Jani Bryson iStockphoto.com

Originally published on Wed March 13, 2013 3:36 pm

Several years ago I gave a speech in which I mentioned that athletes tended to be the only college students who were awarded scholarships for what is an extracurricular activity.

Afterward, Myles Brand, the late president of the NCAA, told me I was wrong, that many music extracurricular scholarships were awarded at colleges.

Brand and I seldom agreed on much of anything, but I've always found him to be a gentleman. So, I expressed surprise at this claim.

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It's All Politics
4:48 pm
Tue March 12, 2013

Ryan's Budget Plan Leaves Obamacare Taxes Alone

Originally published on Tue March 12, 2013 5:23 pm

As he has said many times in recent years, House Budget Committee Chairman Paul Ryan is no fan of President Obama's health care law. The Republican repeated his view again Tuesday as he laid out the House Republicans' proposed budget:

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The Two-Way
4:46 pm
Tue March 12, 2013

L.A. Archdiocese Agrees To $10 Million Settlement Over Abuse Claims

Cardinal Roger Michael Mahony arrives to attend a mass at St Peter's basilica on March 12, 2013 at the Vatican.
Gabriel Bouys AFP/Getty Images

Originally published on Tue March 12, 2013 4:48 pm

The Roman Catholic Archdiocese of Los Angeles has agreed to pay $9.9 million to four men who allege they were abused by former priest Michael Baker, the men's attorney tells the AP.

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The Two-Way
4:32 pm
Tue March 12, 2013

Labor Relations Board Will Take Recess Appointment Decision To Supreme Court

The National Labor Relations Board says it will ask the Supreme Court to review a lower court decision that invalidated three of President Obama's recess appointments, casting a legal cloud over more than 1,000 board actions over the past year.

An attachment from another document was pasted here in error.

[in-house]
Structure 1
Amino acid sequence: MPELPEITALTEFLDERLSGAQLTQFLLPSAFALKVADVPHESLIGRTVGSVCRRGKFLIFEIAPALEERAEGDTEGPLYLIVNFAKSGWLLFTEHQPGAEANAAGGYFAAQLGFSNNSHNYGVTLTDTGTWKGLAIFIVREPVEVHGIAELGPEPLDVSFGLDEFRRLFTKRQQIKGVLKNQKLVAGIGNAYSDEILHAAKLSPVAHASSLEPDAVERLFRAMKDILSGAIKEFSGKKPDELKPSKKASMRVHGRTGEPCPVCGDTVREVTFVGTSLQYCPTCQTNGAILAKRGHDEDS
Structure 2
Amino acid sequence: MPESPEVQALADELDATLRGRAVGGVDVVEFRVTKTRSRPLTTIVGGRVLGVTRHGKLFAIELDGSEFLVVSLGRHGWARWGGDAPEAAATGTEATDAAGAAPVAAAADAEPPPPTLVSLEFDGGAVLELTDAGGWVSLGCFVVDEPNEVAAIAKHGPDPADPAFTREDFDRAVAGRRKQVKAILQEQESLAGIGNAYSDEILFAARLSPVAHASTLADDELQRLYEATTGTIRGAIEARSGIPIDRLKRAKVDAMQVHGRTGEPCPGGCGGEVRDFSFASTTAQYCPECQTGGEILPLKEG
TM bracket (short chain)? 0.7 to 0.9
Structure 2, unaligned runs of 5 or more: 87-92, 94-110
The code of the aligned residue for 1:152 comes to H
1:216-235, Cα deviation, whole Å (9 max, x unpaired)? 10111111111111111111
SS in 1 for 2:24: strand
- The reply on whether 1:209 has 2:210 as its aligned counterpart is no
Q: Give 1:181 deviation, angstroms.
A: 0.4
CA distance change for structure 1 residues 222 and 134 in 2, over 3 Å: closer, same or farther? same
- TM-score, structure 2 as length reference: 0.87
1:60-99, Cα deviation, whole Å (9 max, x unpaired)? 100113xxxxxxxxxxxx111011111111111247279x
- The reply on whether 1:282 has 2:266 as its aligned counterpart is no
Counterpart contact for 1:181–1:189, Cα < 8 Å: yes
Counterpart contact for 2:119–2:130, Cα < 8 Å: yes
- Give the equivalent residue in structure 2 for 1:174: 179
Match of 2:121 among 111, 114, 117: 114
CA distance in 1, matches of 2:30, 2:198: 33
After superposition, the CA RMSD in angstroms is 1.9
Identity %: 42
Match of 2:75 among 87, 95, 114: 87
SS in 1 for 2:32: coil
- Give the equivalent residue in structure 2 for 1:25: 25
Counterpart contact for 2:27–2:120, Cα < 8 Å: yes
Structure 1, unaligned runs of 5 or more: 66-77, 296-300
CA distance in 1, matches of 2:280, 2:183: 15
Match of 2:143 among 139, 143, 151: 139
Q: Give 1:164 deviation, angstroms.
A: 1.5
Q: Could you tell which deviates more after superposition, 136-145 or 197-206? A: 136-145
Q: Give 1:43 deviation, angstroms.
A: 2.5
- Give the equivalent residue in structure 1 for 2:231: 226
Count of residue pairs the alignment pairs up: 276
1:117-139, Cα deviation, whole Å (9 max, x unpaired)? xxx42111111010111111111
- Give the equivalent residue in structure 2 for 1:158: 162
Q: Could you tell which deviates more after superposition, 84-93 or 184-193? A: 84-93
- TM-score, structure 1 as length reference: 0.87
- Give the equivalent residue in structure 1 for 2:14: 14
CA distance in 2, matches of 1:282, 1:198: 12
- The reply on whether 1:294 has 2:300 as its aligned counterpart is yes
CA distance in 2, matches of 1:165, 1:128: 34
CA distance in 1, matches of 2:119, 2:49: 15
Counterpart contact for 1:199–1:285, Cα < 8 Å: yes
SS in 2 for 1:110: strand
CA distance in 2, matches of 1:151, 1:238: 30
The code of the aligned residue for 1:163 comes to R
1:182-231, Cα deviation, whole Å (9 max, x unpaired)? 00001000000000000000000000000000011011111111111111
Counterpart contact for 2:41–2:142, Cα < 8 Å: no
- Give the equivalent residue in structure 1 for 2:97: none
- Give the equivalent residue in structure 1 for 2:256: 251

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The Salt
4:15 pm
Tue March 12, 2013

Can Dunkin' Donuts Really Turn Its Palm Oil Green?

Dunkin' Donuts plans to go green by committing to purchasing all of its palm oil from sustainable sources.
Andrew Huff/via Flickr

Originally published on Tue March 12, 2013 5:13 pm

Dunkin' Donuts is changing its recipes — though you may not notice much difference the next time you bite into a cruller. In response to pressure from one of New York's top elected officials, the company recently announced that it will set a goal of using only 100 percent sustainable palm oil in making its donuts.

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The Two-Way
3:47 pm
Tue March 12, 2013

Ewald-Heinrich Von Kleist, Who Plotted To Kill Hitler, Dies

Ewald-Heinrich von Kleist-Schmenzin, right, a former German army officer and a member of the July 20 Plot, talks with German Defence Minister Karl-Theodor zu Guttenberg during a ceremony for new recruits on July 20, 2010 in Berlin on the occasion of the 66th anniversary of the failed attempted assassination on Hitler on July 20, 1944.
Rainer Jensen AFP/Getty Images

Originally published on Tue March 12, 2013 4:49 pm

Ewald-Heinrich Von Kleist, the last survivor of a plot to assassinate Adolf Hitler, has died, the Associated Press reports quoting his wife.

Von Kleist, a former German army lieutenant, first volunteered to wear a suicide vest in 1944. He was scheduled to meet Hitler to model a new uniform and that's when he would detonate.

According to the AP, Von Kleist told his father, an early opponent of Hitler, about the suicide plot.

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It's All Politics
3:47 pm
Tue March 12, 2013

'Unprecedented': Budget Cuts Could Hit Some Airport Towers

A statue of golf legend Arnold Palmer stands outside Arnold Palmer Regional Airport in Latrobe, Pa.
Brian Naylor NPR

Originally published on Mon March 25, 2013 11:45 am

Control towers at many small and medium-sized airports around the country are set to shut down next month because of the across-the-board federal budget cuts. The towers have been operated under contract to the Federal Aviation Administration.

One of the airports affected is in Latrobe, Pa., southeast of Pittsburgh — the Arnold Palmer Regional Airport, named after the golf great who grew up a well-placed drive from the runway. A statue of Palmer watches over the small terminal.

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Shots - Health News
3:22 pm
Tue March 12, 2013

Ryan Budget Proposal Echoes Obamacare While Rejecting It

House Budget Committee Chairman Rep. Paul Ryan, R-Wis., holds up a copy of the 2014 Budget Resolution as he speaks during a news conference on Capitol Hill in Washington, Tuesday, March 12, 2013.
Carolyn Kaster AP

Health policy watchers might have been amused reading the latest blueprint for the federal budget, out Tuesday.

That's because once again House Budget Committee Chairman Paul Ryan proposes a full repeal of the Affordable Care Act, which Republicans refer to as "Obamacare." But this time, the proposal describes the changes it envisions to the Medicare program in very Obamacare-like terms.